Snake Road is closed every spring to allow migrating reptiles and amphibians to safely cross without getting hit by vehicles.
For those of you lucky enough to live near the Shawnee National Forest in Illinois, or are planning to visit the forest to go herping, be aware that Snake Road will close March 15 to May 15 for the annual snake and amphibian migration. The 2.5 mile road, which is also known as LaRue Road and Forest Service Road No. 345, closes every spring so the herps can move from the limestone bluffs to the LaRue Swamp, according to the Maryville Daily Forum.
Gerald A. DeBoer/Shutterstock
A Yellowbelly water snake, (Nerodia erythrogaster flavigaster), crosses a road in the Shawnee National Forest.
The migration attracts herp lovers from all over the United States who want to see the reptiles as they slither, crawl and hop from one side of the road to the other.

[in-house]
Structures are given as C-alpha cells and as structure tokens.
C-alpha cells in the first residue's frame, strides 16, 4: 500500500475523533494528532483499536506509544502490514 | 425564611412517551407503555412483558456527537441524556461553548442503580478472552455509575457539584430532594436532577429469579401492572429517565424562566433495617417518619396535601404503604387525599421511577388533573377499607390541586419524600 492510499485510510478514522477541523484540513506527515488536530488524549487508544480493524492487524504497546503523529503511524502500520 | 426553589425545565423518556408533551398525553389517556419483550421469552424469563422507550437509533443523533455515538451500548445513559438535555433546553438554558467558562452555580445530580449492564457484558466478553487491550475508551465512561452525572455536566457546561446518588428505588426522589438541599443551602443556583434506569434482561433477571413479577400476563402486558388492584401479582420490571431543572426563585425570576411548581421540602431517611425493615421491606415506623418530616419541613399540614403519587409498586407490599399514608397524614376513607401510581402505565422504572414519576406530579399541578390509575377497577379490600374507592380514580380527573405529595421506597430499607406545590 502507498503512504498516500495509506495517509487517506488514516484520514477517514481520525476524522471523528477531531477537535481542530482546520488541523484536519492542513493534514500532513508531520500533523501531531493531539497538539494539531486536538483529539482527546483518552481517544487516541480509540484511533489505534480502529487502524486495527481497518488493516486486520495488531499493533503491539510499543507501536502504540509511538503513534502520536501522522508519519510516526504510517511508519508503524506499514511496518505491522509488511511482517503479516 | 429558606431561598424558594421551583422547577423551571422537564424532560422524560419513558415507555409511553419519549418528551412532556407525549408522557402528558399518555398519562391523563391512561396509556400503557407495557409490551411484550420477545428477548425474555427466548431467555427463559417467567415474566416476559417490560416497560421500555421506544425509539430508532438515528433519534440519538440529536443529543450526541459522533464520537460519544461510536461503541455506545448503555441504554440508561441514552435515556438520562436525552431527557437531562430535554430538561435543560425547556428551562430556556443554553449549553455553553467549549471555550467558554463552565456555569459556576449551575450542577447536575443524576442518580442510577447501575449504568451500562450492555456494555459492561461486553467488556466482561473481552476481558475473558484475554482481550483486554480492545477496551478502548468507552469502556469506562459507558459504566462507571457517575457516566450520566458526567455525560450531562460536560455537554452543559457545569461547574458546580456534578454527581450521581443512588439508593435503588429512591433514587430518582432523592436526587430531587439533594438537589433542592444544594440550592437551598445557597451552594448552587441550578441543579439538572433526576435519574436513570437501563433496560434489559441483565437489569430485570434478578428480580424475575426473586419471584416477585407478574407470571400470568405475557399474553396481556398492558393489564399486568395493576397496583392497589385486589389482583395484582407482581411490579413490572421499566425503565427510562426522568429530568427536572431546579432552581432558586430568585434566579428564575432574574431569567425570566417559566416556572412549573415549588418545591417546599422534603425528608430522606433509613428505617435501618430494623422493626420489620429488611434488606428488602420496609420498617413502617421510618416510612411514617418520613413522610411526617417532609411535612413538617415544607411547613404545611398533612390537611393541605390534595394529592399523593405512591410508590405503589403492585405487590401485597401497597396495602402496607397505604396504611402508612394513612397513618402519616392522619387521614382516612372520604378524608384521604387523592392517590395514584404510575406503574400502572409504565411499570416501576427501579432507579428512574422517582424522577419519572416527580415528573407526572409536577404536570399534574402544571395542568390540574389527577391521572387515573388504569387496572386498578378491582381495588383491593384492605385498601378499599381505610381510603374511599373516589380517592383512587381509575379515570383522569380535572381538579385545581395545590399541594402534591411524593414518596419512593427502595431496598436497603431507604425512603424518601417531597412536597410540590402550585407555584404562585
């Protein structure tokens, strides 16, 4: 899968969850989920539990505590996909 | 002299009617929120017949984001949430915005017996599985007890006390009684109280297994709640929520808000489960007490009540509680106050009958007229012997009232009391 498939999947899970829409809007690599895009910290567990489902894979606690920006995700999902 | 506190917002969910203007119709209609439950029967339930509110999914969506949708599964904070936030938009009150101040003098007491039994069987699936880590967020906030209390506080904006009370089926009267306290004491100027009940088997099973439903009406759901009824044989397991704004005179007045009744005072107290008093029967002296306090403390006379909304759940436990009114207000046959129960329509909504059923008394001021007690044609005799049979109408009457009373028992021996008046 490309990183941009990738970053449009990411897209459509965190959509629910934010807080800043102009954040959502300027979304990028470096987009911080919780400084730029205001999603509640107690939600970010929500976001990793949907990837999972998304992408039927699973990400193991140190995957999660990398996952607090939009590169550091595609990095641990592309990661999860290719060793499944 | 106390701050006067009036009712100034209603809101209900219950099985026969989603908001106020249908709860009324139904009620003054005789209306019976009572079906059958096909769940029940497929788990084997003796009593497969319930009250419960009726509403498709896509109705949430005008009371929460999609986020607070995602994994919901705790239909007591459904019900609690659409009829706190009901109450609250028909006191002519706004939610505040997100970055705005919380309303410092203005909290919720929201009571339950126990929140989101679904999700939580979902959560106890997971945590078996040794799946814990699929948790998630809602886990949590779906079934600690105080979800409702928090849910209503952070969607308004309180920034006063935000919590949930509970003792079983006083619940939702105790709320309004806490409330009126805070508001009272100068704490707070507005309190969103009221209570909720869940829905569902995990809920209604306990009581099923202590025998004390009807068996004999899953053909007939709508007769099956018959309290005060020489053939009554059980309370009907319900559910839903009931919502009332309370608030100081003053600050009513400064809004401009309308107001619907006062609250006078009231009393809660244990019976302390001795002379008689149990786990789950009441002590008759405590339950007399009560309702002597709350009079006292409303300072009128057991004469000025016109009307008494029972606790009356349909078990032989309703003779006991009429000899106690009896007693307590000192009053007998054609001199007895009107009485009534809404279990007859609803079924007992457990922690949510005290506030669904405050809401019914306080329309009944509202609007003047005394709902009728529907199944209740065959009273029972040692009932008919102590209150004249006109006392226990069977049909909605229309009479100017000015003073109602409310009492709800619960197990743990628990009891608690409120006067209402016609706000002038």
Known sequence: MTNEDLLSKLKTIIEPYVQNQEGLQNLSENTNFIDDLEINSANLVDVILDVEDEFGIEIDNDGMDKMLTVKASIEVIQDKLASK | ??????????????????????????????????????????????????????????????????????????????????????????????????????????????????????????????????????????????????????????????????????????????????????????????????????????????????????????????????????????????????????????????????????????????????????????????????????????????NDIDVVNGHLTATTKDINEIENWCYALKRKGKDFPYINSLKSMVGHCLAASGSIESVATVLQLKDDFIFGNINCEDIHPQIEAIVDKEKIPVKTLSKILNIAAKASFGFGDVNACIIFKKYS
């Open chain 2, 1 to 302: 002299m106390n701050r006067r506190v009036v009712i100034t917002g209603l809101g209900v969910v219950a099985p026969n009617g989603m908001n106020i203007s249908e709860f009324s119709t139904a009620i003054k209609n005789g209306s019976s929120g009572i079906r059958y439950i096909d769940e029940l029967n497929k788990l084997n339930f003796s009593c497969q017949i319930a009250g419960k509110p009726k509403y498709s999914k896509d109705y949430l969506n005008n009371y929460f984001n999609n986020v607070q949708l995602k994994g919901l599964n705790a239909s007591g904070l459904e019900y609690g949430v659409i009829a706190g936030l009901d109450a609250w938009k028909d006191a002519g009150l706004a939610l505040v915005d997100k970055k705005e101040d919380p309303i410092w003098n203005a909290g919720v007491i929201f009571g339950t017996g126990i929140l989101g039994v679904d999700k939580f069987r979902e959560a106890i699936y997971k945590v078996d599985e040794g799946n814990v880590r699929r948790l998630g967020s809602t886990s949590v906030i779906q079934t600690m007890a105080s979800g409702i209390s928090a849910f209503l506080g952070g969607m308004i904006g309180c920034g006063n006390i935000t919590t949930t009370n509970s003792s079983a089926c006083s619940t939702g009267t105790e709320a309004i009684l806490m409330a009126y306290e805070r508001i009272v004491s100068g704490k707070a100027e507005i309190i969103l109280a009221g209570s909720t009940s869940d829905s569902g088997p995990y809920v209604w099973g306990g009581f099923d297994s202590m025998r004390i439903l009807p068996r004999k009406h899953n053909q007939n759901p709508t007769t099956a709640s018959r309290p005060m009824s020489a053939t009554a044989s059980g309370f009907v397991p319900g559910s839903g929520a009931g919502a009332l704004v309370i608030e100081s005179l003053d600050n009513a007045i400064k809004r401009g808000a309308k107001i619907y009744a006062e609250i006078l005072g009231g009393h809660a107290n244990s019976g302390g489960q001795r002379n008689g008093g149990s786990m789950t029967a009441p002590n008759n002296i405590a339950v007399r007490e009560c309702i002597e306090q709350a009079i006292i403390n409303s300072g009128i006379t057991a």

“Snakes and amphibians migrate from the bluffs to the wetlands for the spring and summer,” Paul Widowski, a wildlife biologist with Shawnee National Forest told the Maryville Daily Forum. “Cottonmouths are the most common snake that can be seen during this migration.”
Folks can walk the road and go herping, but unauthorized collection and handling of the reptiles and amphibians is prohibited under federal and state law.
The state is home to 35 snake species, including water moccasins, southern copperhead, blue racer, northern scarlet snake, northern and prairie ring necked snake, and southern black racers, just to name a few.
The road and the adjacent natural areas is also home to a wide variety of amphibians and turtles, including, but not limited to Fowler's toad, gray tree frog, green tree frog, long tail salamander and marbled salamanders, as well as painted turtles, eastern box turtles, and musk turtles.
If you’d like to go on a herping trip to Snake Road, contact the Shawnee National Forest office at (618) 833-8576.